Manticoras, Hydras, Chimeras, Wyverns, Dragons, Gargoyles, Lycanthropes, Purple Worms, Sea Monsters, MinotaursThis is a good list, hitting many of the core mythological creatures that D&D has long featured. Greek and Roman myth and various diverse ancient and medieval ideas have been so thoroughly plundered that it feels downright derivative (or at best, a duplication of work) to go back to them for yet another round of inspiration. Gygax and Arneson thoroughly cemented the various monsters of heraldry and heroism into the "default" fantasy world, unfortunately almost to the level of cliché.
What I've found interesting, as anyone who's read Dungeon Crawl #1 will know, are the monsters of more recent vintage. That's a hodag in the picture, and damn if the thing - it's supposed to have lived in rural Wisconsin - doesn't look like a D&D creature. So I made it into one. (It felt particularly right since TSR, like the hodag, was from Wisconsin.) The myths of America are less well-trod and a bit weirder, since we're getting into the realms of cryptozoology and urban legends.
Living as I do in New Jersey, and having grown up in the regions that were changing from rural to suburban near Philadelphia, I went camping a lot as a kid. And when you're ten years old and sleeping out in the Pine Barrens, the Jersey Devil is the damn scariest thing in the world. You can walk by the kind of creepy old half-abandoned cabins that just seem like they could have been the birthplace of the abomination offspring of a woman and the devil, that fled out of the house as soon as it was born. Every twig snapping, even if it's just another kid going to take a leak, pings your senses and makes you certain that there's something out there in the woods. A shadow moving, even if it's the most coincidental thing, as you're gathered around the campfire sends shivers down your spine.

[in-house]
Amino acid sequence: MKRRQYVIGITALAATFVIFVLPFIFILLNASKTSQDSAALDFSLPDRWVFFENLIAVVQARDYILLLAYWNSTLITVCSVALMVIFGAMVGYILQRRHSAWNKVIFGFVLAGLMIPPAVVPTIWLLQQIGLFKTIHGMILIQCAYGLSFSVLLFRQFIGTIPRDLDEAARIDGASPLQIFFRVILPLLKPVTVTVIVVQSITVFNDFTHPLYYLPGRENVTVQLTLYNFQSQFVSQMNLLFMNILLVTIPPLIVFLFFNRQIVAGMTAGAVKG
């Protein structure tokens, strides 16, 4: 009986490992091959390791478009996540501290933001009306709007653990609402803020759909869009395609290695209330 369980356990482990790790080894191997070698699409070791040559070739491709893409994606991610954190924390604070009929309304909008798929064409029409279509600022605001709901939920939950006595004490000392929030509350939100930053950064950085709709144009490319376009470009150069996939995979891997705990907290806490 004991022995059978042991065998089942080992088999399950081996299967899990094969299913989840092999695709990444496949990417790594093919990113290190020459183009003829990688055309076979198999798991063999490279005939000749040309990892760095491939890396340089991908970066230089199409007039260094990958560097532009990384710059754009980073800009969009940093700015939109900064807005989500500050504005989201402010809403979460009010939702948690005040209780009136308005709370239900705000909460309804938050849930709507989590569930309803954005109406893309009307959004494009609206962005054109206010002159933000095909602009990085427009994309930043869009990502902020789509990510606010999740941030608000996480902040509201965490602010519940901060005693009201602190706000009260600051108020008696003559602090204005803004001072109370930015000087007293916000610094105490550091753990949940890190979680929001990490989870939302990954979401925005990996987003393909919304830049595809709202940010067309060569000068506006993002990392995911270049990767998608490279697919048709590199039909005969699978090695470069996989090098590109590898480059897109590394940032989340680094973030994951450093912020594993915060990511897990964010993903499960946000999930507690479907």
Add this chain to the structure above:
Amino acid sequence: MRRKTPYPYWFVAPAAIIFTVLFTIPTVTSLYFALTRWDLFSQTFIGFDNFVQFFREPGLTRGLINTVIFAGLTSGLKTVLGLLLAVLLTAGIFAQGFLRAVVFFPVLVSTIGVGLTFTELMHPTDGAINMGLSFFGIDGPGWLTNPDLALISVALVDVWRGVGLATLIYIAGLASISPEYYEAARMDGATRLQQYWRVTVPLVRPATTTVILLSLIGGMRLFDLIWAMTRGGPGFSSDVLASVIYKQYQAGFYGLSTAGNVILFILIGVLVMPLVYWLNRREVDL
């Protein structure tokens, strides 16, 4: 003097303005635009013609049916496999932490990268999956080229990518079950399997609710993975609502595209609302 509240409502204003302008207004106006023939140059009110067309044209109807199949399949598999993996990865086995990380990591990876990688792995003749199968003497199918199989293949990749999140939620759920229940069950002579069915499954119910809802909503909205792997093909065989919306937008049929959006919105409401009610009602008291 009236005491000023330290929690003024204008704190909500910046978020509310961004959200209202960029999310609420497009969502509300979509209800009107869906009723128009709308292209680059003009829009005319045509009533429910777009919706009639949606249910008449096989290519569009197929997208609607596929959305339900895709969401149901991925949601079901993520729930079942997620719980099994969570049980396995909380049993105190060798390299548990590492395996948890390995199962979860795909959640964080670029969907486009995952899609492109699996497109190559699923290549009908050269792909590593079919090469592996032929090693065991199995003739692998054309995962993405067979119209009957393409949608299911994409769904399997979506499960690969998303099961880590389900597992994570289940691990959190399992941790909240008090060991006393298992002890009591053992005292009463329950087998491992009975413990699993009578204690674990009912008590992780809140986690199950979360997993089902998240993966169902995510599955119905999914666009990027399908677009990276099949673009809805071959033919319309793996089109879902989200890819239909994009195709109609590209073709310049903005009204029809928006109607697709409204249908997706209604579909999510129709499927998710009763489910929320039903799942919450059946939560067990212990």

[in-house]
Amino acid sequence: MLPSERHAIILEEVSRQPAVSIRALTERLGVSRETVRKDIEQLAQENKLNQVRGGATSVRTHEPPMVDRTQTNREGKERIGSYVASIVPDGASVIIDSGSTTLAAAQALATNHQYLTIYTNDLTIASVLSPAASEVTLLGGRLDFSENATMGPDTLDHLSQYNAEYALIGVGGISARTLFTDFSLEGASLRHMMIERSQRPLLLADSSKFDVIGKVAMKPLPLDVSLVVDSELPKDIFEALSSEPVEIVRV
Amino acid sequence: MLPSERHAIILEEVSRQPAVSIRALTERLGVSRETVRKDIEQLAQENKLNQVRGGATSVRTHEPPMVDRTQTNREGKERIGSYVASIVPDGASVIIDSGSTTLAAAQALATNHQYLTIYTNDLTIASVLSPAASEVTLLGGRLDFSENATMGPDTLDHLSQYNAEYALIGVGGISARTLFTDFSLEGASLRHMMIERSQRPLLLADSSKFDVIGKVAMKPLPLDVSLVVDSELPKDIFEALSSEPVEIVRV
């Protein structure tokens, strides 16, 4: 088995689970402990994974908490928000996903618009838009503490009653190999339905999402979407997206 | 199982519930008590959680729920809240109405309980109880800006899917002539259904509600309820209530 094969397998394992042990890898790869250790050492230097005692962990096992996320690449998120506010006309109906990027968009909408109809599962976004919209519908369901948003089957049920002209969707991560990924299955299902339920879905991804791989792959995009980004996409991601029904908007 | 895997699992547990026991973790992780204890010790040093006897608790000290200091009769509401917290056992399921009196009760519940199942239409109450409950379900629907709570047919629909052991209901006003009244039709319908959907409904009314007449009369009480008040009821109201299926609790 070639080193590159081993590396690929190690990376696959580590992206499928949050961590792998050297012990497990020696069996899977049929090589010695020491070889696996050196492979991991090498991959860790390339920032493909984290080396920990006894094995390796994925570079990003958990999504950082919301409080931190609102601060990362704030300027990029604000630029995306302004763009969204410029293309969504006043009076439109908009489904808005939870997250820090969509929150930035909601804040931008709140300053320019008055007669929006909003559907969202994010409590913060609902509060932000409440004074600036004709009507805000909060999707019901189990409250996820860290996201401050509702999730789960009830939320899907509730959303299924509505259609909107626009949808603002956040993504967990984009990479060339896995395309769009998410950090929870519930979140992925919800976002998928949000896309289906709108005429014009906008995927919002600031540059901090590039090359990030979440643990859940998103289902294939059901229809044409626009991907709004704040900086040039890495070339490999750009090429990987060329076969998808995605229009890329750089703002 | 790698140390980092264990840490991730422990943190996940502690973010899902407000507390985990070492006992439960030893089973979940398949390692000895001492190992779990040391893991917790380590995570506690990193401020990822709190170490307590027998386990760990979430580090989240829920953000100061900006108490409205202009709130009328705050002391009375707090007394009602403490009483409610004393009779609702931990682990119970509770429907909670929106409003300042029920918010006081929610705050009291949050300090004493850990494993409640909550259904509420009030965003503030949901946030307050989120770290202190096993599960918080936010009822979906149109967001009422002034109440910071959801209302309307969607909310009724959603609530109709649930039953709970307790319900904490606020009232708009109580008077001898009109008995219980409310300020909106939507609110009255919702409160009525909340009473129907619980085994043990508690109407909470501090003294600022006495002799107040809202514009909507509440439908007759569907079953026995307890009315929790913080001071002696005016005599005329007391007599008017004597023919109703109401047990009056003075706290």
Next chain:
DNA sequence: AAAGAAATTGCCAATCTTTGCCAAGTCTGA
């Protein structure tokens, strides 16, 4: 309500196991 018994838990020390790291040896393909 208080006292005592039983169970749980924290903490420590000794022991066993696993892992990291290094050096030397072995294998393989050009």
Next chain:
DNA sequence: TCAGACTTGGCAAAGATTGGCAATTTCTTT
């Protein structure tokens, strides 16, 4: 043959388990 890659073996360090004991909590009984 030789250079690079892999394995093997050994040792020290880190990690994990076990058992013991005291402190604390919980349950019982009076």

Fear of these monsters is fear of the unknown. It's rooted in the fact that there's something out there and you don't know what it is, but it can strike you dead in an instant. Even someone in chain mail with a sword would not relish an encounter with the Jersey Devil, or the hodag for that matter. It's a kind of horror that I think takes a subtle touch, often times more like the creepiness that you get in the X-Files than splatter horror or Cthulhuesque entities.
Really I do think there should be some element of a horror game to Dungeons & Dragons. All this time thinking about monsters has really rammed it home for me that, hey, these are monsters, any single one of which could be the subject of a horror film itself. And really it's a game about characters becoming heroic in the face of these monsters, even if the horror is primarily in the fact that so many fights end in character death.
At the same time, I want to adapt cryptids in ways that aren't overly reliant on the "solo horror monster" model that I see as working well for creatures like the Jersey Devil. There are well-worn variants, many of which have fairly popular variants: the lake monster like the Loch Ness monster or Champ in Lake Champlain, the dog-like monsters like the Chupacabra, or the humanoids like Sasquatch. I'd like to dig a little further into more types of cryptids in future entries, including their implications in play, and after that talk about the other kind of American myths, the Native American mythologies.